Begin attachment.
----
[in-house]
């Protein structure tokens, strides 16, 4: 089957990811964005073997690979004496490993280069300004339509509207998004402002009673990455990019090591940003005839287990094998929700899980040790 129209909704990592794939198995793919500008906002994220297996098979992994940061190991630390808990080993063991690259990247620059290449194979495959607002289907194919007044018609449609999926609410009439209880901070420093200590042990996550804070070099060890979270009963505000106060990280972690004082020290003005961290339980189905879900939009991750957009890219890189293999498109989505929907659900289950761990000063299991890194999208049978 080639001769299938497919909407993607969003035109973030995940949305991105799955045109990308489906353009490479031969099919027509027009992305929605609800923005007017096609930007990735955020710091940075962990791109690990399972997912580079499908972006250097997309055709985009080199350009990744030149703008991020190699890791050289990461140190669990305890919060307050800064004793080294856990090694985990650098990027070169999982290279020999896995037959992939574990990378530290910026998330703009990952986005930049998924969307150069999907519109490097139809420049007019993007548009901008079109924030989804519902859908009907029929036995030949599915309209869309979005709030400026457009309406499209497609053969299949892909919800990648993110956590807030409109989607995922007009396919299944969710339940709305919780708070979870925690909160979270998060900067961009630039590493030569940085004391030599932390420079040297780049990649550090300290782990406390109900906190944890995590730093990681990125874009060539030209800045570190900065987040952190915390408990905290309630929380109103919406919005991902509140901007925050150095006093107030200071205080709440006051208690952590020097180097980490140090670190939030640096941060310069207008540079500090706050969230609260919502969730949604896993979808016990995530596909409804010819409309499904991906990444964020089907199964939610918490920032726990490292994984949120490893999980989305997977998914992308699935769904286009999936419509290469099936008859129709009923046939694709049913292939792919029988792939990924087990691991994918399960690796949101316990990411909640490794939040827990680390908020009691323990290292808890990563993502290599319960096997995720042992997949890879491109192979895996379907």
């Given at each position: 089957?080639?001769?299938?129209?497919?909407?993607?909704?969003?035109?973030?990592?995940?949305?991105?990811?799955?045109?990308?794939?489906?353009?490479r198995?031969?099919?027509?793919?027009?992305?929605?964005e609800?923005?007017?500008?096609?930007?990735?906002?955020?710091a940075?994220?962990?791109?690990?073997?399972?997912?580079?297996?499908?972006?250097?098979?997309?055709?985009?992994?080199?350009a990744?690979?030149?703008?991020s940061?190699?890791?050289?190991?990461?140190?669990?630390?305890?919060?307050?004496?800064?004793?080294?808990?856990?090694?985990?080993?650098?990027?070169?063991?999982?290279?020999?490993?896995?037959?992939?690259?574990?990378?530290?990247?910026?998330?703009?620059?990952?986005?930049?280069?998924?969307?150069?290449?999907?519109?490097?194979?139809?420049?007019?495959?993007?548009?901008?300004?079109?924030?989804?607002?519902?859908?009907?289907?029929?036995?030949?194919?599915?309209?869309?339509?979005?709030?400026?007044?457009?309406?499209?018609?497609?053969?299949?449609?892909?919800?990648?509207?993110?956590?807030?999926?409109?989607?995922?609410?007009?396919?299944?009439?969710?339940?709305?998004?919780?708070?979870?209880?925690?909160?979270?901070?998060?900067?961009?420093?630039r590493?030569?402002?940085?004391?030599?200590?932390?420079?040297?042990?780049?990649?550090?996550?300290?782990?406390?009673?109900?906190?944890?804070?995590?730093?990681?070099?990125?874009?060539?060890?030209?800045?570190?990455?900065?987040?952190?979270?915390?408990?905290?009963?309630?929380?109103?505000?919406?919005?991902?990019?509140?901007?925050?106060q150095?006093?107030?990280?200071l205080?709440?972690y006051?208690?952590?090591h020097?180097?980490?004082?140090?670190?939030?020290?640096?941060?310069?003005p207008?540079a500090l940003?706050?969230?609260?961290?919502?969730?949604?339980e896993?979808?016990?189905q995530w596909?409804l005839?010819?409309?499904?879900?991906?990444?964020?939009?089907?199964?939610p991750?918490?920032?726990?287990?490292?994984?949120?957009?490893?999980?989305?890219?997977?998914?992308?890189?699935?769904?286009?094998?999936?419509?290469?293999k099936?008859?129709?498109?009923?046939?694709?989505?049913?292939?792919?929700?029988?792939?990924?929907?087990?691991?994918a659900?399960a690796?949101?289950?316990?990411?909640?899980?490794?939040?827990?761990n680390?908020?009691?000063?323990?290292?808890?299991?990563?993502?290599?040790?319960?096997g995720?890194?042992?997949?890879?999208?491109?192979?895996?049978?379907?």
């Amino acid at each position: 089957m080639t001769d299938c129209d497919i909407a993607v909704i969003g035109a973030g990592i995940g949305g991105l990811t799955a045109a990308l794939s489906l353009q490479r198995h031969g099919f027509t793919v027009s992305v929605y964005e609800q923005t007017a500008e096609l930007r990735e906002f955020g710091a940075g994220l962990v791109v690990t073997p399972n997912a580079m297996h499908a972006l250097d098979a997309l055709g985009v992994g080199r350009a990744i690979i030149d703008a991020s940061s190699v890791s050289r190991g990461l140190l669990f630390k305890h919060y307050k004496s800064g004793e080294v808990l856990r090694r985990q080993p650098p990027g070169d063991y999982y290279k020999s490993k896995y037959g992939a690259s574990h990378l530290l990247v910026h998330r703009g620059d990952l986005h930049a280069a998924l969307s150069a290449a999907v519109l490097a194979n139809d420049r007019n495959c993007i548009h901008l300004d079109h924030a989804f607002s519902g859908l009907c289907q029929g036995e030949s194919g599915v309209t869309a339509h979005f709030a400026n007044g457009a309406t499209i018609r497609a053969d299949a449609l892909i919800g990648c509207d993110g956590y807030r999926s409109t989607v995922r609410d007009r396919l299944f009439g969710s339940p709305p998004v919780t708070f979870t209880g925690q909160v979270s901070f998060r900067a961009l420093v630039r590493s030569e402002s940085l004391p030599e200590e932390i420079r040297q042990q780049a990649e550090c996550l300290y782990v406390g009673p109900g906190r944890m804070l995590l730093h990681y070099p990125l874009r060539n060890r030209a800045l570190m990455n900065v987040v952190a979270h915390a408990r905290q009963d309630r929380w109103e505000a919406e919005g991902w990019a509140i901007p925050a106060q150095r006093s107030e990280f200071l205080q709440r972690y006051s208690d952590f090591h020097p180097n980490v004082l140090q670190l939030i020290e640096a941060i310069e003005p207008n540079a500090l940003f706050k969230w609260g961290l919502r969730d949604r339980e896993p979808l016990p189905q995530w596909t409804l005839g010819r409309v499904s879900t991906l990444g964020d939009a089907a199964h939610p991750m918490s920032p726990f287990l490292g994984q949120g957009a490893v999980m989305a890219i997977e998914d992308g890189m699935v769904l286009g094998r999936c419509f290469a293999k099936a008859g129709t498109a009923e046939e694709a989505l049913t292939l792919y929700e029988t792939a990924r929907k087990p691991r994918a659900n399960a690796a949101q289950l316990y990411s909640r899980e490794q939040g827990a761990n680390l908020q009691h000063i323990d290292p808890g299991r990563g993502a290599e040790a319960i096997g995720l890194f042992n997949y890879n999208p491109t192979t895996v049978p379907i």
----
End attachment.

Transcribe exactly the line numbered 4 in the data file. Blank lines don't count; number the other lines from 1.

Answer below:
């Amino acid at each position: 089957m080639t001769d299938c129209d497919i909407a993607v909704i969003g035109a973030g990592i995940g949305g991105l990811t799955a045109a990308l794939s489906l353009q490479r198995h031969g099919f027509t793919v027009s992305v929605y964005e609800q923005t007017a500008e096609l930007r990735e906002f955020g710091a940075g994220l962990v791109v690990t073997p399972n997912a580079m297996h499908a972006l250097d098979a997309l055709g985009v992994g080199r350009a990744i690979i030149d703008a991020s940061s190699v890791s050289r190991g990461l140190l669990f630390k305890h919060y307050k004496s800064g004793e080294v808990l856990r090694r985990q080993p650098p990027g070169d063991y999982y290279k020999s490993k896995y037959g992939a690259s574990h990378l530290l990247v910026h998330r703009g620059d990952l986005h930049a280069a998924l969307s150069a290449a999907v519109l490097a194979n139809d420049r007019n495959c993007i548009h901008l300004d079109h924030a989804f607002s519902g859908l009907c289907q029929g036995e030949s194919g599915v309209t869309a339509h979005f709030a400026n007044g457009a309406t499209i018609r497609a053969d299949a449609l892909i919800g990648c509207d993110g956590y807030r999926s409109t989607v995922r609410d007009r396919l299944f009439g969710s339940p709305p998004v919780t708070f979870t209880g925690q909160v979270s901070f998060r900067a961009l420093v630039r590493s030569e402002s940085l004391p030599e200590e932390i420079r040297q042990q780049a990649e550090c996550l300290y782990v406390g009673p109900g906190r944890m804070l995590l730093h990681y070099p990125l874009r060539n060890r030209a800045l570190m990455n900065v987040v952190a979270h915390a408990r905290q009963d309630r929380w109103e505000a919406e919005g991902w990019a509140i901007p925050a106060q150095r006093s107030e990280f200071l205080q709440r972690y006051s208690d952590f090591h020097p180097n980490v004082l140090q670190l939030i020290e640096a941060i310069e003005p207008n540079a500090l940003f706050k969230w609260g961290l919502r969730d949604r339980e896993p979808l016990p189905q995530w596909t409804l005839g010819r409309v499904s879900t991906l990444g964020d939009a089907a199964h939610p991750m918490s920032p726990f287990l490292g994984q949120g957009a490893v999980m989305a890219i997977e998914d992308g890189m699935v769904l286009g094998r999936c419509f290469a293999k099936a008859g129709t498109a009923e046939e694709a989505l049913t292939l792919y929700e029988t792939a990924r929907k087990p691991r994918a659900n399960a690796a949101q289950l316990y990411s909640r899980e490794q939040g827990a761990n680390l908020q009691h000063i323990d290292p808890g299991r990563g993502a290599e040790a319960i096997g995720l890194f042992n997949y890879n999208p491109t192979t895996v049978p379907i």